Britons will be asked to vote “yes” if they want to stay in the European Union when vote is held within next two years.
Glasgow, United Kingdom – Britain may not average as many referendums as plebiscite-loving Switzerland, but by UK standards the upcoming vote on the country’s continued membership in the European Union has left many breathless.
No sooner had last September’s Scottish independence referendum almost resulted in victory for the pro-independence Scottish National Party (SNP) and an end to three centuries of union between Scotland and England, that the British public were looking ahead to the UK’s relationship with Europe.
Buoyed by his victory in last month’s UK general election, Conservative Prime Minister David Cameron has quickly made clear his intention to renegotiate Britain’s EU membership ahead of an in-out referendum by 2017.
At a fiery debate on Tuesday, lawmakers passed the EU Referendum Bill, which will set out the rules for the plebiscite, in a 544-53 vote.
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“If you look at the issue from David Cameron’s standpoint, then it looks as though he wants to get the [referendum] out of the way,” said Thomas Lundberg of the school of social and political sciences at the University of Glasgow of what would be the first EU referendum in Britain since 1975.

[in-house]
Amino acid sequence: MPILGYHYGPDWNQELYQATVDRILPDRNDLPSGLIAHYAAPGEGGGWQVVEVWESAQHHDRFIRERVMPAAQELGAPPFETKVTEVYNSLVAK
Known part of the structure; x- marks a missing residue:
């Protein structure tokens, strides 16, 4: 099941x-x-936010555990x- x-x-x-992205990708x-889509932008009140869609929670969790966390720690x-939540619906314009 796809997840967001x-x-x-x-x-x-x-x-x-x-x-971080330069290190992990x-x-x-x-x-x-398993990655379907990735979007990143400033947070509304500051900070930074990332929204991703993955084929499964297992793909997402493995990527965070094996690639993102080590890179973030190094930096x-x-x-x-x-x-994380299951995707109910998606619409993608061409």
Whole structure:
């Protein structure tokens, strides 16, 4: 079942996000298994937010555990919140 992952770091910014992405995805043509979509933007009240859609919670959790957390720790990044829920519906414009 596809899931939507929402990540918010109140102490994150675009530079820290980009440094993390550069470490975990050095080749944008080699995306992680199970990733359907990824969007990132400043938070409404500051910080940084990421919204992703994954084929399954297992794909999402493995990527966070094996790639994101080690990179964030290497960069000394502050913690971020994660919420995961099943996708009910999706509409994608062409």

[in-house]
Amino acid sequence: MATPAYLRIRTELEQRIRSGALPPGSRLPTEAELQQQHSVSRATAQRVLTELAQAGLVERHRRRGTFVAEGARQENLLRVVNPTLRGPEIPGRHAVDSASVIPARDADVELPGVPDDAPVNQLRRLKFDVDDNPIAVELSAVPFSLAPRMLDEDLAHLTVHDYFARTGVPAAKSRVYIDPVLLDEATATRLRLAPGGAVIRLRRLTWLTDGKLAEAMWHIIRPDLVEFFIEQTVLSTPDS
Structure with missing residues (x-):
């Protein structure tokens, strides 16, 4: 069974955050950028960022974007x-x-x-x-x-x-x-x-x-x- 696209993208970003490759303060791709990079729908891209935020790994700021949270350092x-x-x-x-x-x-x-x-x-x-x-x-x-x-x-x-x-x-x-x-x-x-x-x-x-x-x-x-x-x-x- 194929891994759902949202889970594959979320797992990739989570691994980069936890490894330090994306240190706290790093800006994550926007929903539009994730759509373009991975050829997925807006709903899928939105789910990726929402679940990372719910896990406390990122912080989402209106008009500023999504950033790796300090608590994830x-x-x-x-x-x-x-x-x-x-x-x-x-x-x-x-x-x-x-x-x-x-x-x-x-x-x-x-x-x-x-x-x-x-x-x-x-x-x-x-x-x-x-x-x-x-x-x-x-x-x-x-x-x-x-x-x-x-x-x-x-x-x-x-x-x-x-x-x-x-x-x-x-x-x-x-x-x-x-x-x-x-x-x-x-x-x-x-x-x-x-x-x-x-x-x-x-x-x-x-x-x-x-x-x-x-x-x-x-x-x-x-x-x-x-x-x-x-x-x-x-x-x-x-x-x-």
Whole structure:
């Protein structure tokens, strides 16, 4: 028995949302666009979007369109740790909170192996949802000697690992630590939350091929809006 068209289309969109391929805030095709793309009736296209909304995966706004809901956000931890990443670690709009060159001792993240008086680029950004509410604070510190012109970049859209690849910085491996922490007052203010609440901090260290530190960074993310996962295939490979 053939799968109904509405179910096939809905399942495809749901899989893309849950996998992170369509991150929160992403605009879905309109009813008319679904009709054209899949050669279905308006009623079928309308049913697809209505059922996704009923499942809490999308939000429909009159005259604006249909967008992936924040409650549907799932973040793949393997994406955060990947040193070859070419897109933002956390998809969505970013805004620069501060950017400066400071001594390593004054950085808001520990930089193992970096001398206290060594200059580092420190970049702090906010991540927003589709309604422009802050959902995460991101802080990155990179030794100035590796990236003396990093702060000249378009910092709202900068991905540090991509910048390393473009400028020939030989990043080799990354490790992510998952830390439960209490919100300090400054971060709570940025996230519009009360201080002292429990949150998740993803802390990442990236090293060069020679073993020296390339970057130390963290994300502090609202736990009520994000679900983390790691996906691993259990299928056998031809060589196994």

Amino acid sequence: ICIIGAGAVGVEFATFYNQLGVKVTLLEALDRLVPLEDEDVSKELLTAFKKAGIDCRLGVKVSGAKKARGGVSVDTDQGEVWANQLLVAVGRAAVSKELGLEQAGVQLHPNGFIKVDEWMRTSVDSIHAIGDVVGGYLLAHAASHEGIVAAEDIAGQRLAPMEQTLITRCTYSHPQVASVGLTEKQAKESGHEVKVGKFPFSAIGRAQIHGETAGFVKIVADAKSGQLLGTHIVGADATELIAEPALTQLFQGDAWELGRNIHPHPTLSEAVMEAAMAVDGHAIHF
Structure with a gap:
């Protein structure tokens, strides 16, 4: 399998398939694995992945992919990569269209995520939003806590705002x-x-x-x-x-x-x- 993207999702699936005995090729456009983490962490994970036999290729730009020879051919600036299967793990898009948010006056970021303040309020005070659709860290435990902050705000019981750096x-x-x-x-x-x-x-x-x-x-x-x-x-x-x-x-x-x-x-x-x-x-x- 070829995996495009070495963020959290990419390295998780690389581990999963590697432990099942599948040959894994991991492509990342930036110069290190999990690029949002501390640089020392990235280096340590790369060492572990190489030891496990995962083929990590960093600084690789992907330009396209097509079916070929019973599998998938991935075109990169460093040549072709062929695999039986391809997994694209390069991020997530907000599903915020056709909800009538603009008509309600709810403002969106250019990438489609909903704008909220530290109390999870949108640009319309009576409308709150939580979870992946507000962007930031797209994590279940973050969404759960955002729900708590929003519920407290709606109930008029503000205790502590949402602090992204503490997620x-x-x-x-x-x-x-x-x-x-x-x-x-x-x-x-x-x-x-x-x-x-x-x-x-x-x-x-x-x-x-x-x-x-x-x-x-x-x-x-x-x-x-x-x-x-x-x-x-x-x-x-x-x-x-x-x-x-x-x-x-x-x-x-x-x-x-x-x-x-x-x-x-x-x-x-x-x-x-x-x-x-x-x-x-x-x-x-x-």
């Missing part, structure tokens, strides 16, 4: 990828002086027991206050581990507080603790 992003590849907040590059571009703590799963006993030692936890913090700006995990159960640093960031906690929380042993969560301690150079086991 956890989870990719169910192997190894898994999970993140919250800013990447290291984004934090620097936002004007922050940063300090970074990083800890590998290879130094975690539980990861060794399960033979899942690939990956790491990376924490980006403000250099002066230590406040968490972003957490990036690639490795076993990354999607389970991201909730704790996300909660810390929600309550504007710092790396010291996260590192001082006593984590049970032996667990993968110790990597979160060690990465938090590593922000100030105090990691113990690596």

“A lot of this is just out of the fact that his [Conservative] party is divided over it – and he wants to try and strike while the iron is hot.”
Drumming up support
Following his election success in which he secured a shock – albeit slender – majority over his rivals in the House of Commons, Cameron embarked on a whirlwind tour of Europe, attempting to drum up support for a recalibration of Britain’s relationship with the EU’s 28 member states.
The British leader appeared to find some backing from the likes of French Economy Minister Emmanuel Macron who spoke of the need for Europe to adopt a “two-speed” approach. Yet, as Cameron this week was forced to deny that any government minister who did not support his position to “get a deal that’s in Britain’s interest and then recommend Britain stays in [the EU]” would be forced to resign, many have questioned the prime minister’s ability to gain worthy concessions from the EU in the first place.
“With 27 other countries [to contend with], there’s no way that he’s going to get any significant changes,” Lundberg told Al Jazeera.
He stressed any attempt to try to change the EU’s key freedom of movement tenet in order to solve the UK’s main preoccupation with controlling EU immigration, would not meet with success.
“Because if you’re going to give the British something, what about the French or Germans? So we’re looking at very minimal changes … and this is where there could be a bit of a problem for Cameron – in the sense that he’s raising expectations claiming that he’ll be able to get [major] powers back.”
It is the rise of the populist right-wing anti-EU UK Independence Party (UKIP) that has put the issue of Europe at the heart of the British agenda. Despite winning just one seat in May’s Westminster election, UKIP garnered some four million votes UK-wide to add to the 4.3 million that saw it win last year’s European elections in Britain.
And while current polls put support for staying in the EU well ahead of a British exit, many Eurosceptics are looking forward to finally getting a say on their country’s relationship with Europe.
“I want to be governed by the UK – I don’t want to be governed by people who I haven’t elected,” Andrew Fairfoull, who stood unsuccessfully as a UKIP candidate for an English constituency in the recent general election, told Al Jazeera.